I don’t doubt these people deep down mean well, and sincerely believe their own B.S., but let’s not lose sight of the fact that it is B.S., and these companies are indeed on the grift. If their ideas were so good, they wouldn’t need to attach themselves to the public teat to fund them.

Indeed, programming bootcamps have managed to thrive in the marketplace, with the chief strategy officer at Reactor Core, the parent of the successful Hack Reactor camps telling the Washington Post that seeking accreditation, “Seemed like a lot of overhead and no real benefit for the students.”

Hack Reactor and the bootcamps like it are filling an underserved niche and bringing benefit to their customers and the industries they serve. For now. It seems inevitable that this sector too will overshoot the mark of demand and some providers will fall by the wayside, as they should in a free and open market.

Not satisfied with nibbling at the underserved edges, the higher ed disruptor crowd flat doesn’t like how college works, not in terms of education, but as a marketplace, and want to take their own shot at the problem. They don’t want to compete with legacy institutions so much as wreck them so they can rise in their place.
It’s unfortunate then, that our futuristic saviors seem to know so little about actual human beings.

It’s true, many fewer people would be interested in a four-year college experience if it didn’t come bundled with a degree. And yet, when you talk to students they will name dozens of other reasons they are glad to be in college: to grow as a person, to figure out what they want to do, to make friends and connections, to learn, to have fun, and yes, to go to football games.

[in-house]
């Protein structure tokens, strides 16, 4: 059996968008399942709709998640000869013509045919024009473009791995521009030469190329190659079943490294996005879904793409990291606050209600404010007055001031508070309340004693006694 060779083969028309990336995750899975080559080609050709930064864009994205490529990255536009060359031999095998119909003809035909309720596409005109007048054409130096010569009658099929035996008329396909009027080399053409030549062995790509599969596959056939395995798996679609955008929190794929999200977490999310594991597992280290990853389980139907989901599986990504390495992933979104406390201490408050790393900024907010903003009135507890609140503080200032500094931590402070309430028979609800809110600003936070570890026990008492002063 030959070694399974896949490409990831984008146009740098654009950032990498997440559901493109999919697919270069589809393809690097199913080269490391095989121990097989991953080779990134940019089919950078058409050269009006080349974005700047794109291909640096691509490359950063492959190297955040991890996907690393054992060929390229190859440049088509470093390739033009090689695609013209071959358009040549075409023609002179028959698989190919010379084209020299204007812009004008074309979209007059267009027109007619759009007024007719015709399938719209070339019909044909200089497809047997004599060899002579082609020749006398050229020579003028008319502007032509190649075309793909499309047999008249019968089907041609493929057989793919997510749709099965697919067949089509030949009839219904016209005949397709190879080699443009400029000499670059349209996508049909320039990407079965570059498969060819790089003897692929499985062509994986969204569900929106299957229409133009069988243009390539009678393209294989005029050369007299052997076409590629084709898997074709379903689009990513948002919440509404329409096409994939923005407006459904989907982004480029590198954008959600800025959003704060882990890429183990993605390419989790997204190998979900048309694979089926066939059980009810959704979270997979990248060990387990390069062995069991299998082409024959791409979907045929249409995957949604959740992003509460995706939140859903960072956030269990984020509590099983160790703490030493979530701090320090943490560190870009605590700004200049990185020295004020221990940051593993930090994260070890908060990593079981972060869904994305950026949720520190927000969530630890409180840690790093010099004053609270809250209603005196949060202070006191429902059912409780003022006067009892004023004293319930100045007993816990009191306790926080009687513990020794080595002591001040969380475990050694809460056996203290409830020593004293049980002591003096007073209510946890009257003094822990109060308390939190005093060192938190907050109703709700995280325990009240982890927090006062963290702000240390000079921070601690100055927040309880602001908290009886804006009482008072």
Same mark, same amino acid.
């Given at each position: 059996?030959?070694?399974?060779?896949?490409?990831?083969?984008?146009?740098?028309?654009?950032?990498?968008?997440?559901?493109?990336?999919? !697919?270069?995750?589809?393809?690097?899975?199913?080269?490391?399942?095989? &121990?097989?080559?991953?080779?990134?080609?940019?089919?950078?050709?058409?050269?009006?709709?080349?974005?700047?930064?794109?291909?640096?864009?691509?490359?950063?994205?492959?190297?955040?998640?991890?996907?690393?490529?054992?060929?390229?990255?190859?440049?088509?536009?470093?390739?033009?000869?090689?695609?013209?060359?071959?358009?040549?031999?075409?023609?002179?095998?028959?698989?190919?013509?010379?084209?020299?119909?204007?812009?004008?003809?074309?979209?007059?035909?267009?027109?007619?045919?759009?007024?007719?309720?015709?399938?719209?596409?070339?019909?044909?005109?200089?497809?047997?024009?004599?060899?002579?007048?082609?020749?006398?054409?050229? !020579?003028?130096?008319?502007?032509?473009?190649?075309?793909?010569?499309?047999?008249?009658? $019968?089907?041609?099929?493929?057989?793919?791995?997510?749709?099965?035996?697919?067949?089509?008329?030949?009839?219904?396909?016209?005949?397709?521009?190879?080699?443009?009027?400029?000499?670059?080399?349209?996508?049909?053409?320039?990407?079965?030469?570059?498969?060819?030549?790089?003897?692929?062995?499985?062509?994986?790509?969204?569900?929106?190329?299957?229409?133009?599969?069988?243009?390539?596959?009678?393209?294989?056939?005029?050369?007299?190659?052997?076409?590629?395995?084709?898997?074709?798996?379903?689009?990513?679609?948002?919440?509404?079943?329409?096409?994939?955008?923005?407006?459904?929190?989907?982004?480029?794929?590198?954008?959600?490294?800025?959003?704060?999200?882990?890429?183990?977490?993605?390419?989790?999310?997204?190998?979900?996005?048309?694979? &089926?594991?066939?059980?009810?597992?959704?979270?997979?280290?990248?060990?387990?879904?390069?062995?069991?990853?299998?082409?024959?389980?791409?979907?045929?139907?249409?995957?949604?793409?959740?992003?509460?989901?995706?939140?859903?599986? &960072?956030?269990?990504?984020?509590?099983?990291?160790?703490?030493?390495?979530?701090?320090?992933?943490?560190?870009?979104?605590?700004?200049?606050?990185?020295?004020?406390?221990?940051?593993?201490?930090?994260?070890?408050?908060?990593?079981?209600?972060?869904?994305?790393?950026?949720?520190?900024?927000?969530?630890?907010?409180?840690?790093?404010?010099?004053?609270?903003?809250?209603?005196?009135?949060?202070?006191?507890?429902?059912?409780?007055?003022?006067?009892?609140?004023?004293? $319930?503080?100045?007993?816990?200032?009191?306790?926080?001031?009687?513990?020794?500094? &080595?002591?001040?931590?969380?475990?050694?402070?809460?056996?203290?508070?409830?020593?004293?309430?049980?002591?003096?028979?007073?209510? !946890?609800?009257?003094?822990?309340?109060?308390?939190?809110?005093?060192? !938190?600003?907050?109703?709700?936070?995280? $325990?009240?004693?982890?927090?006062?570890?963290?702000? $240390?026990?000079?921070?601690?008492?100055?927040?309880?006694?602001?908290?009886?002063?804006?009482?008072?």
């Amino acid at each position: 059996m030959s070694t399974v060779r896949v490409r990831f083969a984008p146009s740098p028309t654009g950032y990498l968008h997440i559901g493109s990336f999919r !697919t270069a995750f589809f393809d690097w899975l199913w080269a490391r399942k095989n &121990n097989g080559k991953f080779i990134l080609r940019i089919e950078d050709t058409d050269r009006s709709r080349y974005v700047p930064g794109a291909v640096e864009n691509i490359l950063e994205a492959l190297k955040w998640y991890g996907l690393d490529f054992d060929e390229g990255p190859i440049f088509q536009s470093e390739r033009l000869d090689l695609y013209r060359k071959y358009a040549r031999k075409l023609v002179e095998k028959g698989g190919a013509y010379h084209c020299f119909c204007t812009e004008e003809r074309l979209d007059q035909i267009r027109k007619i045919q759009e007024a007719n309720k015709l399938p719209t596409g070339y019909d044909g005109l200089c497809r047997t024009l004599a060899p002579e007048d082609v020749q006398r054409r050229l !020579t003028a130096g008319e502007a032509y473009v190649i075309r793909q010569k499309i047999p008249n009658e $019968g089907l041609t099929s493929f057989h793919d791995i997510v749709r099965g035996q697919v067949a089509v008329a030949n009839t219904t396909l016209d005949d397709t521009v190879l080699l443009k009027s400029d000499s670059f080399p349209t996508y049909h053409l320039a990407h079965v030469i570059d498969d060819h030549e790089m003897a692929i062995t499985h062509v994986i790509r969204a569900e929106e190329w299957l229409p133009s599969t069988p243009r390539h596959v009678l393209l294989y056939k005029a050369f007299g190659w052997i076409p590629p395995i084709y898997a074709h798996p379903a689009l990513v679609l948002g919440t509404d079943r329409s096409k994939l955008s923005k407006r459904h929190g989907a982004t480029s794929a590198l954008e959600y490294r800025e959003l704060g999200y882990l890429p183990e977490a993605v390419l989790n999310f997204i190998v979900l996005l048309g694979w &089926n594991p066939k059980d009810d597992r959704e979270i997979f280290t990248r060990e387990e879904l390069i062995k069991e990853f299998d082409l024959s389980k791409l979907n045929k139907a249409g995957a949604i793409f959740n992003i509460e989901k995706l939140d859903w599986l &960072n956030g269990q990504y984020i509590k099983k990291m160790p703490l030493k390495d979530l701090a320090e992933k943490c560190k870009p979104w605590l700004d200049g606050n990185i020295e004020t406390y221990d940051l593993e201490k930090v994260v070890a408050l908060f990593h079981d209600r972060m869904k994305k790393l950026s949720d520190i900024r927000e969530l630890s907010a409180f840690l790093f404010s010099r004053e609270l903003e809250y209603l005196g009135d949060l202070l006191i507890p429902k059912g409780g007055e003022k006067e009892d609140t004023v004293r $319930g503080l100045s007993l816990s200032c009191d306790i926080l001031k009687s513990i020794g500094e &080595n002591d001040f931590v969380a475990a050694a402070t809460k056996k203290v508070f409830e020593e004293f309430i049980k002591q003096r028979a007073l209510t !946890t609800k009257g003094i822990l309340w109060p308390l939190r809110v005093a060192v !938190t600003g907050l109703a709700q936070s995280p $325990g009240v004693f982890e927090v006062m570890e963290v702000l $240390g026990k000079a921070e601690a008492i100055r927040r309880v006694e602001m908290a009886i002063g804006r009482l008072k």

College is like life, something to be lived, experienced, and we can't really predict or quantify the outcomes.

If you talk to students (and I do) and ask them if they want or would benefit from an “unbundled” education, you will find very few who answer in the affirmative.
My students are somewhere between befuddled by (Why would anyone want that?) and terrified of (I would fail, hard) such a future.

I teach a very traditional cohort of students, and the traditional college and university structure doesn’t make sense for everyone pursuing post-secondary education. There is indeed a role for competency-based education serving industries where discrete, demonstrable skills are necessary.

Though, I remember a time when the business themselves provided this service and called it “training,” but never mind.

And I am not one to deny the very real problems institutions face. The cost of college to students is a crisis. Of course the cause of this crisis is the disinvestment of public money in education, a fact the disruptor crowd almost always ignores because to acknowledge it would mean casting doubt over the necessity for disruption.

They see public disinvestment as a fixed state of being, as opposed to a reversible policy choice.